Many plug-in hybrids can be charged with available power generation and grid capacity during off-peak hours. An analysis by the Pacific Northwest National Laboratory estimated that a PHEV fleet equal in size to 84 percent of all cars and light trucks on the road in 2001 could be charged during off-peak times without building new electric generation capacity (PNNL, 2007).

The picture is different if PHEVs are charged during peak hours. For example, a study by Southern California Edison concluded that PHEVs could account for as much as 11 percent of its system load by 2020, which could increase peak loads by several thousand megawatts if PHEV charging is not properly managed.2

1

As analyzed in this report, a PHEV-10 has usable storage capacity of about 2 kWh, and a PHEV-40 has about 8 kWh.

2

D. Cromie and B. Graham, Transition to electricity as the fuel of choice, Southern California Edison, presentation to the committee, May 2009.



The National Academies | 500 Fifth St. N.W. | Washington, D.C. 20001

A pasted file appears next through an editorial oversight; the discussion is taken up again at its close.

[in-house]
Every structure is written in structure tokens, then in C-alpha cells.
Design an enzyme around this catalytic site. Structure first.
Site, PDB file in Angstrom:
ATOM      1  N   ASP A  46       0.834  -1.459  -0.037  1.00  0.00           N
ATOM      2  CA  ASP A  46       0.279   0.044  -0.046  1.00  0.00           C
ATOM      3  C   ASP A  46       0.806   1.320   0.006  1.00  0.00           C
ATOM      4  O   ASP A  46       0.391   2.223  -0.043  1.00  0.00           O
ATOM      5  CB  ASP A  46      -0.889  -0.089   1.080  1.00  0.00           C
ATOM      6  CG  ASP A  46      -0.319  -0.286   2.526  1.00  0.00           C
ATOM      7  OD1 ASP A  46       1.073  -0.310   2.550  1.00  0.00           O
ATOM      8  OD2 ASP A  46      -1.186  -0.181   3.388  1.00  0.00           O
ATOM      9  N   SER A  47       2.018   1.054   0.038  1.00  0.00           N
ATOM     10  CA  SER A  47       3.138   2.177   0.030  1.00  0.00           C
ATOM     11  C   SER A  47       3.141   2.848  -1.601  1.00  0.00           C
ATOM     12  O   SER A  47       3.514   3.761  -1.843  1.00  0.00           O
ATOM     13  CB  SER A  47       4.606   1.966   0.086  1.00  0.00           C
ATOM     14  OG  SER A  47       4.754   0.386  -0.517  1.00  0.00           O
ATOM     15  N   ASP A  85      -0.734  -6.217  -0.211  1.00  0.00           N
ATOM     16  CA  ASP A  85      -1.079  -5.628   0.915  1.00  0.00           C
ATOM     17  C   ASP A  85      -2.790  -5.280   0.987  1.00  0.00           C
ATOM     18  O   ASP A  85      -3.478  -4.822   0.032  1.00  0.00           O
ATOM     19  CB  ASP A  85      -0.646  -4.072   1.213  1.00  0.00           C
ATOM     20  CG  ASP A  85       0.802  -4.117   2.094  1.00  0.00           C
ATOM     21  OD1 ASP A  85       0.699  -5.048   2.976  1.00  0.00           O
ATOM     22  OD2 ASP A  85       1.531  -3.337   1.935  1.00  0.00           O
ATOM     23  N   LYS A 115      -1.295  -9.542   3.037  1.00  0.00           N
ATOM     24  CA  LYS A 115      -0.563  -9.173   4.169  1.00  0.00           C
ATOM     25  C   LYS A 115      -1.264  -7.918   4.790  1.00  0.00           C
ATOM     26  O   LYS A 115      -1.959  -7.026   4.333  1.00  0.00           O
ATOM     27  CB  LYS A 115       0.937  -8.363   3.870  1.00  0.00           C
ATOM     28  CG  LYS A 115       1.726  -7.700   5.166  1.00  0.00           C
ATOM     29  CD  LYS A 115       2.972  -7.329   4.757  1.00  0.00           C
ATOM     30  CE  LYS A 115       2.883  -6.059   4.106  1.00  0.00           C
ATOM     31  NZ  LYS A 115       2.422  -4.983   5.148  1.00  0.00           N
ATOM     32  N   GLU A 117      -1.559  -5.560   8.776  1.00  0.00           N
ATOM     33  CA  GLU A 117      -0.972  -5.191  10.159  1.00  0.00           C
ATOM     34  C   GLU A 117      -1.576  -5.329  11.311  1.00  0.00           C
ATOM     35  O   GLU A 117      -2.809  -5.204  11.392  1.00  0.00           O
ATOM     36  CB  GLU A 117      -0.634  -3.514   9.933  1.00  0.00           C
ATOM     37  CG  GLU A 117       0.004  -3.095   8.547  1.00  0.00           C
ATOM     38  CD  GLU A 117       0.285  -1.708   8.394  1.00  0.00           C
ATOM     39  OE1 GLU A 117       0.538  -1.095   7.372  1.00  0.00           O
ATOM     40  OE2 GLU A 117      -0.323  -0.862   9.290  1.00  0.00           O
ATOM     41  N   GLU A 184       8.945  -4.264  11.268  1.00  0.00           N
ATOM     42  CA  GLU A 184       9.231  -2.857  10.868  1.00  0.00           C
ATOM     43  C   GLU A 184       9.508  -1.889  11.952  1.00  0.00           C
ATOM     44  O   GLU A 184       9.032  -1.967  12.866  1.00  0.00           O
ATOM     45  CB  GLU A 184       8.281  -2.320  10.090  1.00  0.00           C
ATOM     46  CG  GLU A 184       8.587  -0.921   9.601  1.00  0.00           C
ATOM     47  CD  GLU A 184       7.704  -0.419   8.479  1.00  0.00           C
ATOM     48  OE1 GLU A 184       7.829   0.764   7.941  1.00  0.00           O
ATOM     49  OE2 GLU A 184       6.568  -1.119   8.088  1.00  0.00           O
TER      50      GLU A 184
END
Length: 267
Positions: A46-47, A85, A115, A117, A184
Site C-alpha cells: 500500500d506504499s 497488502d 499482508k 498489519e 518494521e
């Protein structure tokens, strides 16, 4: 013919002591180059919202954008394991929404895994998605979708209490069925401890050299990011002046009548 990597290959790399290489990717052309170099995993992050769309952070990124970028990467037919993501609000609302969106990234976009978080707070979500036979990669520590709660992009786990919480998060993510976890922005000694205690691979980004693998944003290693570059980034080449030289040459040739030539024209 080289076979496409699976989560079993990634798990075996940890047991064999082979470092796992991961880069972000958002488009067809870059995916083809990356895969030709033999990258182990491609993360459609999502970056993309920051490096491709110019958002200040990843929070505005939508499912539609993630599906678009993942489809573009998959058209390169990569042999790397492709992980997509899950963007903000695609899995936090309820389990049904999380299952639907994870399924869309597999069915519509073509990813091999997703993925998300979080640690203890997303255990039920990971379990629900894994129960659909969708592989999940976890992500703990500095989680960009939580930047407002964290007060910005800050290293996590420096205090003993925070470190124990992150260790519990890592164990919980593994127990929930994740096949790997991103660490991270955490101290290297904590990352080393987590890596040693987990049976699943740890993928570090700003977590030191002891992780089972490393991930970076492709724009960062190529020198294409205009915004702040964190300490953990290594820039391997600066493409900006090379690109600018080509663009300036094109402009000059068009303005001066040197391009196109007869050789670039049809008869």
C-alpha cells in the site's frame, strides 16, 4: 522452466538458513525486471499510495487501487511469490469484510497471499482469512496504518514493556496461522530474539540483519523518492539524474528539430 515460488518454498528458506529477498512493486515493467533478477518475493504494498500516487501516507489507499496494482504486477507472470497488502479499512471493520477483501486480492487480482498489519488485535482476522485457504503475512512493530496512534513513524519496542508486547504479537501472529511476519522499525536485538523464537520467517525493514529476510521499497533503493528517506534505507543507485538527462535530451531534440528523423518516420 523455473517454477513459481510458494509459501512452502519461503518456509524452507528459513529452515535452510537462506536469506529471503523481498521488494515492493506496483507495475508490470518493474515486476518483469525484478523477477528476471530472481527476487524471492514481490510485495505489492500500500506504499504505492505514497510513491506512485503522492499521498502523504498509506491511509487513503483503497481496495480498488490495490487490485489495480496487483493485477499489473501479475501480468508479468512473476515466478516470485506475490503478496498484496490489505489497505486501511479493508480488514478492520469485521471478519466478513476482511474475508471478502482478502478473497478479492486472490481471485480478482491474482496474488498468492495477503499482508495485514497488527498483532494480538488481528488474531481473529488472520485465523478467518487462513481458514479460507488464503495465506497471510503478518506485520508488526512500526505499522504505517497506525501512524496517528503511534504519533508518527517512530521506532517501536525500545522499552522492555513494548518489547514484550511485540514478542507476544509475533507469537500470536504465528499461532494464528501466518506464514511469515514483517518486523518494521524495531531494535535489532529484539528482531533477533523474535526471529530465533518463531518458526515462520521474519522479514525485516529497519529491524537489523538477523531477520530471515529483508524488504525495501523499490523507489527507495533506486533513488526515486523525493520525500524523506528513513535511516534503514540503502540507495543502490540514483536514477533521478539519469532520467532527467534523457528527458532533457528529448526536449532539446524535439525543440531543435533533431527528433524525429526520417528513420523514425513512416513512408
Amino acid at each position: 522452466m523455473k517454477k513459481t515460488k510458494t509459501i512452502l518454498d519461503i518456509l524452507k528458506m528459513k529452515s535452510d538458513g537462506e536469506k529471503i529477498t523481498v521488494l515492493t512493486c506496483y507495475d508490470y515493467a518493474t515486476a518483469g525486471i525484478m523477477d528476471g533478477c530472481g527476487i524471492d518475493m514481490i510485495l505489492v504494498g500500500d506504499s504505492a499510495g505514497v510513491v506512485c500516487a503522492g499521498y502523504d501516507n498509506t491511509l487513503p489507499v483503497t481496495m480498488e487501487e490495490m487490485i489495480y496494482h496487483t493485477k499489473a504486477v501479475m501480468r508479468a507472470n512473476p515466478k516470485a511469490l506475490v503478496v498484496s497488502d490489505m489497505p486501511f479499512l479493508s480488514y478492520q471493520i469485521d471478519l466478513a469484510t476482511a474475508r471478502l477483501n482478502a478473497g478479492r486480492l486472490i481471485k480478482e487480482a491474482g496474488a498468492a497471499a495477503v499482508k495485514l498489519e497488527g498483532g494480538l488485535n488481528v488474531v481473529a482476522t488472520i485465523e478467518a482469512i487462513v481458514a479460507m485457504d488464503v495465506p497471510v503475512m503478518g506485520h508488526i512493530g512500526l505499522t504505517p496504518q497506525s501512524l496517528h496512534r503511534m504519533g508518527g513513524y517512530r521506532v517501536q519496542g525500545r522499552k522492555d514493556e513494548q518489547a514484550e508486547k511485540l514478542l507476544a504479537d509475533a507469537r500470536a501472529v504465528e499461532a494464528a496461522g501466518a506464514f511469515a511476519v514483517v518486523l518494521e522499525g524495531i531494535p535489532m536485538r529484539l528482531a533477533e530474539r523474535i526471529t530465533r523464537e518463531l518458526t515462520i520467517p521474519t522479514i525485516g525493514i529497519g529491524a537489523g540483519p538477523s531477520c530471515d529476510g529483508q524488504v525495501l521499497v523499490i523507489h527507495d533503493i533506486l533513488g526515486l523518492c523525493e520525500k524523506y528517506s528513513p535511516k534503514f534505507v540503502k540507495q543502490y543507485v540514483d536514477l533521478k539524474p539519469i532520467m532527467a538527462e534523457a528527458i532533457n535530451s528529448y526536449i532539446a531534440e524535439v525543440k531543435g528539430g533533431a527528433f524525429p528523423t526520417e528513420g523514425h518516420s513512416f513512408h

Copyright © National Academy of Sciences. All rights reserved.
Terms of Use and Privacy Statement



Below are the first 10 and last 10 pages of uncorrected machine-read text (when available) of this chapter, followed by the top 30 algorithmically extracted key phrases from the chapter as a whole.
Intended to provide our own search engines and external engines with highly rich, chapter-representative searchable text on the opening pages of each chapter. Because it is UNCORRECTED material, please consider the following text as a useful but insufficient proxy for the authoritative book pages.

Do not use for reproduction, copying, pasting, or reading; exclusively for search engines.

OCR for page 17